Format

Send to

Choose Destination
J Surg Res. 2002 Feb;102(2):137-43.

Xenogeneic DNA immunization in melanoma models for minimal residual disease.

Author information

1
Swim Across America Laboratory, Departments of Surgery & Medicine, Memorial Sloan-Kettering Cancer Center, 1275 York Avenue, New York, New York 10021, USA.

Abstract

INTRODUCTION:

DNA immunization with xenogeneic genes encoding homologous antigens protects mice against tumor challenge with syngeneic melanoma in a lung metastasis model. The effect of xenogeneic human TRP-2 (hTRP2) DNA immunization on disease confined to an orthotopic site, the skin, and in a model of minimal residual disease that is relevant to a setting of adjuvant therapy for micrometastatic cancer is reported.

METHODS:

Immunization and tumor challenge with B16F10LM3 melanoma were performed in C57BL/6 mice and in mice genetically deficient in MHC class I or II molecules. A melanoma variant of B16 with a predilection for lung metastasis was selected and used to challenge C57BL/6 mice. Tumor challenge in the footpad with the B16 variant was followed by local tumor growth and lung metastasis. The tumor-bearing distal extremities were surgically resected and mice were randomized to receive hTRP2 DNA immunization or no treatment. Approximately 3-5 weeks after surgical resection, lungs were harvested and metastases counted.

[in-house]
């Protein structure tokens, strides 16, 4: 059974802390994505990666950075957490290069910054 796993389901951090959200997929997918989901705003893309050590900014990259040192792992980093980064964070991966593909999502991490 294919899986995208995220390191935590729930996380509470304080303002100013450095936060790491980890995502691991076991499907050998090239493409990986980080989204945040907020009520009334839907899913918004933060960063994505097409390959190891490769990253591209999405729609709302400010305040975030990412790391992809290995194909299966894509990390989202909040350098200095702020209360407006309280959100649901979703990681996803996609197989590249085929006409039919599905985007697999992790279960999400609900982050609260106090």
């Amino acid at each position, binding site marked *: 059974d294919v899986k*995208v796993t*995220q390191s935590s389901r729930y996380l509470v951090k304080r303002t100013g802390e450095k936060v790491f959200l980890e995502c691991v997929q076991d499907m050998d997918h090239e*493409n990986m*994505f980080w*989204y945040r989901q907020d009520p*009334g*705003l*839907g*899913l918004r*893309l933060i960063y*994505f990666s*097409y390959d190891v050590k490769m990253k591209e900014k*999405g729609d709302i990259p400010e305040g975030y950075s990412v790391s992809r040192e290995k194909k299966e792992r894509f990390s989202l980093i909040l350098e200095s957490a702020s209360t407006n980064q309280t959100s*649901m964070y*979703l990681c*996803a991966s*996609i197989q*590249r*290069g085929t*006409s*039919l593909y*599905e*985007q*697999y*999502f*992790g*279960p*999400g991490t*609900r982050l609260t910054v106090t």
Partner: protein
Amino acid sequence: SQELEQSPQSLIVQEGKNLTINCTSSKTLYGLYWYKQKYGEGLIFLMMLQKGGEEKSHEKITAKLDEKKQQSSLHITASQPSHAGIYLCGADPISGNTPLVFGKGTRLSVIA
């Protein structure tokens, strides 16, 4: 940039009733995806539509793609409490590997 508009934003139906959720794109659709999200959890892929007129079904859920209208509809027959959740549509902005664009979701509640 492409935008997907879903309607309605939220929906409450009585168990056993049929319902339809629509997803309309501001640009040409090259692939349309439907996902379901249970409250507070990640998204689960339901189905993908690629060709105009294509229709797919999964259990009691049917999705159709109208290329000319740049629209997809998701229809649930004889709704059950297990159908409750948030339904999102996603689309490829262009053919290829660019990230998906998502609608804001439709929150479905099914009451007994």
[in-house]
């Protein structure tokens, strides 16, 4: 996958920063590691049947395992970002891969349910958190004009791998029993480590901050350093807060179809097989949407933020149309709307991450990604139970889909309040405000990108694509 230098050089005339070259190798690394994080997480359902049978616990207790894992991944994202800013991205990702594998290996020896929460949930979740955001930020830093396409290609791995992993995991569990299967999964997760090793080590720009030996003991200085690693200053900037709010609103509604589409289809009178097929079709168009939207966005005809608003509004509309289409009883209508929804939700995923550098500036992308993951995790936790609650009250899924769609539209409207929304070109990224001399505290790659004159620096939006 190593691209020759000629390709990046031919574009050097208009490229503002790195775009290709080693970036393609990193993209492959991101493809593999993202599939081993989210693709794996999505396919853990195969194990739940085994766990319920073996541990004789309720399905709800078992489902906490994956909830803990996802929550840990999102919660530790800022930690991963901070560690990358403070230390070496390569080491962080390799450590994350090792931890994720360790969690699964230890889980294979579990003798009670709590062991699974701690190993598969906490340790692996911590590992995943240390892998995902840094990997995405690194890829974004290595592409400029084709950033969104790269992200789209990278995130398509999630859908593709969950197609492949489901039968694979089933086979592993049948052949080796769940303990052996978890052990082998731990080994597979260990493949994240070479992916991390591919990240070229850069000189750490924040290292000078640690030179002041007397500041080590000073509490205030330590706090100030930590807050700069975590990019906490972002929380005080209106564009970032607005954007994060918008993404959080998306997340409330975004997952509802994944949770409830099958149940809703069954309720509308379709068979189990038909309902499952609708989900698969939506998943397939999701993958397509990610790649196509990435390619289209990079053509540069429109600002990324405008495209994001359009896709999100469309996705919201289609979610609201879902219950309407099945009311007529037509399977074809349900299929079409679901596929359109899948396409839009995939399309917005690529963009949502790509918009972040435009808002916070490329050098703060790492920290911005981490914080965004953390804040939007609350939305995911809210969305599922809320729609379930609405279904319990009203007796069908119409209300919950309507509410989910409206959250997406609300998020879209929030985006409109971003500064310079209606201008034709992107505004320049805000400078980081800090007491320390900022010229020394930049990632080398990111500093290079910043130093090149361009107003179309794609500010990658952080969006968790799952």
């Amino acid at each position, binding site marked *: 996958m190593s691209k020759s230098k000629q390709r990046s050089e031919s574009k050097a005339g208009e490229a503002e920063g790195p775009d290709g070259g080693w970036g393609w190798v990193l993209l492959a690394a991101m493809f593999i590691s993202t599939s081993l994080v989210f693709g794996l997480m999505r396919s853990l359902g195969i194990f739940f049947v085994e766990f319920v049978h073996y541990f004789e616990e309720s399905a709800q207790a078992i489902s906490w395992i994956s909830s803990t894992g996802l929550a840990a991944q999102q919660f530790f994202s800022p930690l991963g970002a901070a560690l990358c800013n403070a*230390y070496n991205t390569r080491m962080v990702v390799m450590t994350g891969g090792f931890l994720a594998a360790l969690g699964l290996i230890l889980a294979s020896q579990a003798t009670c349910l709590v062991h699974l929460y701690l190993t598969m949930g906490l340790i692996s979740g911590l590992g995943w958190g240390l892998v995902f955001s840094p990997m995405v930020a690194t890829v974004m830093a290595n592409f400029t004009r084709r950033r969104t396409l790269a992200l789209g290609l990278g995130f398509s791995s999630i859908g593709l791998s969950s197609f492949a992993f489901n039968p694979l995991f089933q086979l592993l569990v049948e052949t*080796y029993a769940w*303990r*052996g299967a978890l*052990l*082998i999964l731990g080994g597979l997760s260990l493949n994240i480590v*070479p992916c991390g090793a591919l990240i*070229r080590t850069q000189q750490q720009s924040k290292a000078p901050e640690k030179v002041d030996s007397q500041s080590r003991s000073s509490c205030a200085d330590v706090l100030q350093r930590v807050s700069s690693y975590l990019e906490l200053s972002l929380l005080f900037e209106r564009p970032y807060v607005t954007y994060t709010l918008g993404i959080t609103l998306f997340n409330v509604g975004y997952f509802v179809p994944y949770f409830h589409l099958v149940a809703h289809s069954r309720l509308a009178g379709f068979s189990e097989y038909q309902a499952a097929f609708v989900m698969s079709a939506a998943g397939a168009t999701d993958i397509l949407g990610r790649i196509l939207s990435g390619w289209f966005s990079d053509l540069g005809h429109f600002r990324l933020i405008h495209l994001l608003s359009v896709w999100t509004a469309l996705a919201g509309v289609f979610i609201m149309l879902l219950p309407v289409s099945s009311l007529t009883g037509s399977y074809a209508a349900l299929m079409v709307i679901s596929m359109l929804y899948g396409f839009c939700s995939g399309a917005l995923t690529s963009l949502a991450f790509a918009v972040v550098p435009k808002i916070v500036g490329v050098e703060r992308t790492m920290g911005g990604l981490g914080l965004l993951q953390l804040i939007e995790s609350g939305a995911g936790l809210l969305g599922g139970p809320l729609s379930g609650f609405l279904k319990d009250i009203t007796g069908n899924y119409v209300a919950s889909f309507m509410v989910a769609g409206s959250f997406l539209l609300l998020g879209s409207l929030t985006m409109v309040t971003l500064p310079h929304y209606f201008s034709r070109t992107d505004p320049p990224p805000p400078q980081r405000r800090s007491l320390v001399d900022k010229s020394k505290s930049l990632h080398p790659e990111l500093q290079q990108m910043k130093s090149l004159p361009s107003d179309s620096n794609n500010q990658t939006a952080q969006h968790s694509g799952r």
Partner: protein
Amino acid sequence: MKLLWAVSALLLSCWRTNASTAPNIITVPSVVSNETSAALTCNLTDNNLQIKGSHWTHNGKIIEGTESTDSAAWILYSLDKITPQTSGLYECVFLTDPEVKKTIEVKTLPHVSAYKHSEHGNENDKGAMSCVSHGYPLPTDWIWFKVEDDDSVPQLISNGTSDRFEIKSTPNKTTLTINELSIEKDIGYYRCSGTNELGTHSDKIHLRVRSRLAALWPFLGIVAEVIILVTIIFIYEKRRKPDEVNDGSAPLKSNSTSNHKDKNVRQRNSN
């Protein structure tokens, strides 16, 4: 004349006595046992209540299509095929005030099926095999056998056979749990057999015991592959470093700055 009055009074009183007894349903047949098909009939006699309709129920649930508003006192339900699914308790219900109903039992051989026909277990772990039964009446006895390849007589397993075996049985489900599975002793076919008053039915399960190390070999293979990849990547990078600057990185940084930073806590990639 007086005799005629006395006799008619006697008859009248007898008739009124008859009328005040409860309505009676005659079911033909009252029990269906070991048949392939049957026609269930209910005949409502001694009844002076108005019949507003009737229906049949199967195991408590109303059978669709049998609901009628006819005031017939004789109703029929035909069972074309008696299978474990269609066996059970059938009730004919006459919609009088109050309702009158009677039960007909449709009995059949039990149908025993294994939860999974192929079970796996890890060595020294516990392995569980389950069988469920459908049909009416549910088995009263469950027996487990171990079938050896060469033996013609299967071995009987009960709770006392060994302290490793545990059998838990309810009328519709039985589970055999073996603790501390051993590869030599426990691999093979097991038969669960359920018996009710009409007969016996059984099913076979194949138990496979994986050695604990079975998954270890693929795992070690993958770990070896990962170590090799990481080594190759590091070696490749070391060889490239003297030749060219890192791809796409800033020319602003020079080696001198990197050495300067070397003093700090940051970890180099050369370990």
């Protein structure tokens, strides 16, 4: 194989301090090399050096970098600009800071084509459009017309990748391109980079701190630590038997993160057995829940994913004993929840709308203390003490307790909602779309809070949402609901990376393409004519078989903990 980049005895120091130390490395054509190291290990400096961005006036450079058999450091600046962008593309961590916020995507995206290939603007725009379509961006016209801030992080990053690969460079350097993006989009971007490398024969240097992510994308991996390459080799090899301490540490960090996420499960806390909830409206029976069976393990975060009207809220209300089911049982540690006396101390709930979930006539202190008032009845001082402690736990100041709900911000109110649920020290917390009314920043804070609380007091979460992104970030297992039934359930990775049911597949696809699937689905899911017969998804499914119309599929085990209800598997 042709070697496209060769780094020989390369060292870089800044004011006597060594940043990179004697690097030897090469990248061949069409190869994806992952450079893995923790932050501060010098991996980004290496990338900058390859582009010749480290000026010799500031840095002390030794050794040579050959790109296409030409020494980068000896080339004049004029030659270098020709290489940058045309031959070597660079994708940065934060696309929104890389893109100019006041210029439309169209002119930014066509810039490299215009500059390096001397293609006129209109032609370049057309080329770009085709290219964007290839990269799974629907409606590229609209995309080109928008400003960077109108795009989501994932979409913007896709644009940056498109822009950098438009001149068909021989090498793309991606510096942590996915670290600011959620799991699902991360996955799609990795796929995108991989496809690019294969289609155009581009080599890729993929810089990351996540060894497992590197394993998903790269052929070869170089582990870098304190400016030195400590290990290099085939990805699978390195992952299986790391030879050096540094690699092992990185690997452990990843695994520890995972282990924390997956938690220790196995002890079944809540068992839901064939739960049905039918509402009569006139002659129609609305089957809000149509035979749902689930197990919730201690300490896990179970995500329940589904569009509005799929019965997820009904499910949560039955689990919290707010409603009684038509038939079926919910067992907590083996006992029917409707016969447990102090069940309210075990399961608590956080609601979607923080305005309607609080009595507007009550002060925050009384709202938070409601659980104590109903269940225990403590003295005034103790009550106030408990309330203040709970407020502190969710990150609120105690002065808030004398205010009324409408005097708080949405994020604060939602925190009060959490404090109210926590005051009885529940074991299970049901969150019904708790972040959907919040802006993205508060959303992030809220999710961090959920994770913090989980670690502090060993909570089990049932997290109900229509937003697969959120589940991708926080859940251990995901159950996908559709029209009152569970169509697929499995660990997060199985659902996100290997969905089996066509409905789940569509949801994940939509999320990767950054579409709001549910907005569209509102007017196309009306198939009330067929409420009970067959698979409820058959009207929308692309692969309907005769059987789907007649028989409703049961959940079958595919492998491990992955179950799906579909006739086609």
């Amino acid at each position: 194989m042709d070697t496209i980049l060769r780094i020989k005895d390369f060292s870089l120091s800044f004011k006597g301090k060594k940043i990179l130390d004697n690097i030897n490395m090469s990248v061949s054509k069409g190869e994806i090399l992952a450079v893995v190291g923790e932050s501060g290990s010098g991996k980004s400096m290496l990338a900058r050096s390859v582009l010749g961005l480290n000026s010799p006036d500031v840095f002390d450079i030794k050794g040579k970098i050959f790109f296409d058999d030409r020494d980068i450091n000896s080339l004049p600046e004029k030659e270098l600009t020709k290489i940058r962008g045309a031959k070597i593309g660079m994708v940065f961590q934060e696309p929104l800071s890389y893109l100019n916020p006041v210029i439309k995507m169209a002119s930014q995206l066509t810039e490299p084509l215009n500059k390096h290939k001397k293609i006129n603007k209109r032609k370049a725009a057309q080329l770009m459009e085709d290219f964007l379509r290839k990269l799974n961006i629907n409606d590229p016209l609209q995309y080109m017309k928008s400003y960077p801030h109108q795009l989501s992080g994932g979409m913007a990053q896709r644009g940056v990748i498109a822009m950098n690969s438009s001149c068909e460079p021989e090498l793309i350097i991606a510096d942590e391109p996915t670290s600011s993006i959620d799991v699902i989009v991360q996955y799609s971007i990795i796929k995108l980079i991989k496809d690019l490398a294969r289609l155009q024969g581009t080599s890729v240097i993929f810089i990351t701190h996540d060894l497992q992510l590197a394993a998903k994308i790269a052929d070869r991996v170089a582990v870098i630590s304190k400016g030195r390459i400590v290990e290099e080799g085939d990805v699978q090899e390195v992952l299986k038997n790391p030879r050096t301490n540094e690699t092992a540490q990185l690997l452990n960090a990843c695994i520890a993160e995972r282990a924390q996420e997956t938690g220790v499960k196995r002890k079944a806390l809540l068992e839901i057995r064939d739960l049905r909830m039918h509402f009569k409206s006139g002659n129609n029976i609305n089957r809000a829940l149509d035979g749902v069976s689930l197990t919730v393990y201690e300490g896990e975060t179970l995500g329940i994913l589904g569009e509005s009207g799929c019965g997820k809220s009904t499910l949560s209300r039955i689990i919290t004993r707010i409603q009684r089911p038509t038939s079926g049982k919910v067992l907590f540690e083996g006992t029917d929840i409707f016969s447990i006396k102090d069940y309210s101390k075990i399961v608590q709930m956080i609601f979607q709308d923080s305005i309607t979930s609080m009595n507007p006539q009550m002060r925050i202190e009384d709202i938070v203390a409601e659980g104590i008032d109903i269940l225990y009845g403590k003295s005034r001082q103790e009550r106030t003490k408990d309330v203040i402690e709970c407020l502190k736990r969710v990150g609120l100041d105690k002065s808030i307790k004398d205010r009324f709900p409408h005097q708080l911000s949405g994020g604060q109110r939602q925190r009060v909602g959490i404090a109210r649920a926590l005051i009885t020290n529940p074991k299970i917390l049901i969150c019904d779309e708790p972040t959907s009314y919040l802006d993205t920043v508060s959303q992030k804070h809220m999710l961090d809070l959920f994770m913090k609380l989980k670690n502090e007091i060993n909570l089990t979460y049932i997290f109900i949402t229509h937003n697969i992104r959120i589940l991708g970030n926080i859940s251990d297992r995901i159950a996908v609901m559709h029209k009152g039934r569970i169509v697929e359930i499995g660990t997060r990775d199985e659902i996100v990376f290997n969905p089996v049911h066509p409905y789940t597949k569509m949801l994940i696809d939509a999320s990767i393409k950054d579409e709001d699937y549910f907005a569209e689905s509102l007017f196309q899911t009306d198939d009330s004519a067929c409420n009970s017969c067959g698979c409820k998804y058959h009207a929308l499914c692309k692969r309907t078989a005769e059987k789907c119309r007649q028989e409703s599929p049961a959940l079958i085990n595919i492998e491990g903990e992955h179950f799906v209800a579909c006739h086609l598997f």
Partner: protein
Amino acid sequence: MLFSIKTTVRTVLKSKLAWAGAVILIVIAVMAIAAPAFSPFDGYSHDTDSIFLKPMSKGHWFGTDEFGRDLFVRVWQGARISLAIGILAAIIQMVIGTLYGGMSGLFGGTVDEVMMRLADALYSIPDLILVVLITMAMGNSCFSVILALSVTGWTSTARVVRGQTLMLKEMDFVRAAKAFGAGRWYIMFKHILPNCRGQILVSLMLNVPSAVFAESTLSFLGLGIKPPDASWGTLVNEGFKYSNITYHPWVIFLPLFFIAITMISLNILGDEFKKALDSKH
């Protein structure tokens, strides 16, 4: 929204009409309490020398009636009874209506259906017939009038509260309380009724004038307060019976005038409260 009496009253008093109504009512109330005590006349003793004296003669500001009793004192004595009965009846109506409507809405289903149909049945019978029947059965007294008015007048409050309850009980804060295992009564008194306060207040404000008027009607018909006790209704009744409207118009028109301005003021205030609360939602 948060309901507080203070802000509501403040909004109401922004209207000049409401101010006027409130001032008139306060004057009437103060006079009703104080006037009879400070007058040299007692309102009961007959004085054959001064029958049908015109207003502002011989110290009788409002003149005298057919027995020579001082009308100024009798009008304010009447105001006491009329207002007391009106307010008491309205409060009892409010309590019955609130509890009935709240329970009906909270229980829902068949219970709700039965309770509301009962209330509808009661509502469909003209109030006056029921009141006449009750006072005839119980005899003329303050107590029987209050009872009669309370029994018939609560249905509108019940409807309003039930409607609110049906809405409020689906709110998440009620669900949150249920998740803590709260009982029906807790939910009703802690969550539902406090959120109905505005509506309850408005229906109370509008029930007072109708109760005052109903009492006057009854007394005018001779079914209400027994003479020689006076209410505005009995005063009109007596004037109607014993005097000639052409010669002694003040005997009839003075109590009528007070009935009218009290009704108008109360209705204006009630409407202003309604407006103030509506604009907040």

RESULTS:

Xenogeneic DNA immunization with hTRP2 prevented tumor growth in the skin by a mechanism requiring CD4(+) and CD8(+) T cells but did not inhibit the growth of established tumors. Adjuvant immunization with hTRP2 DNA after resection significantly reduced lung metastases and decreased local recurrence rates after surgical resection.

CONCLUSIONS:

Xenogeneic DNA immunization with hTRP2 was effective in protecting mice from intradermal tumor challenge. Immunization prevented local recurrence and the development of metastases in a mouse model of minimal residual disease, supporting a role for DNA immunization against melanosomal antigens as an adjuvant to surgery in high-risk primary melanomas.

PMID:
11796010
DOI:
10.1006/jsre.2001.6302
[Indexed for MEDLINE]

Supplemental Content

Full text links

Icon for Elsevier Science
Loading ...
Support Center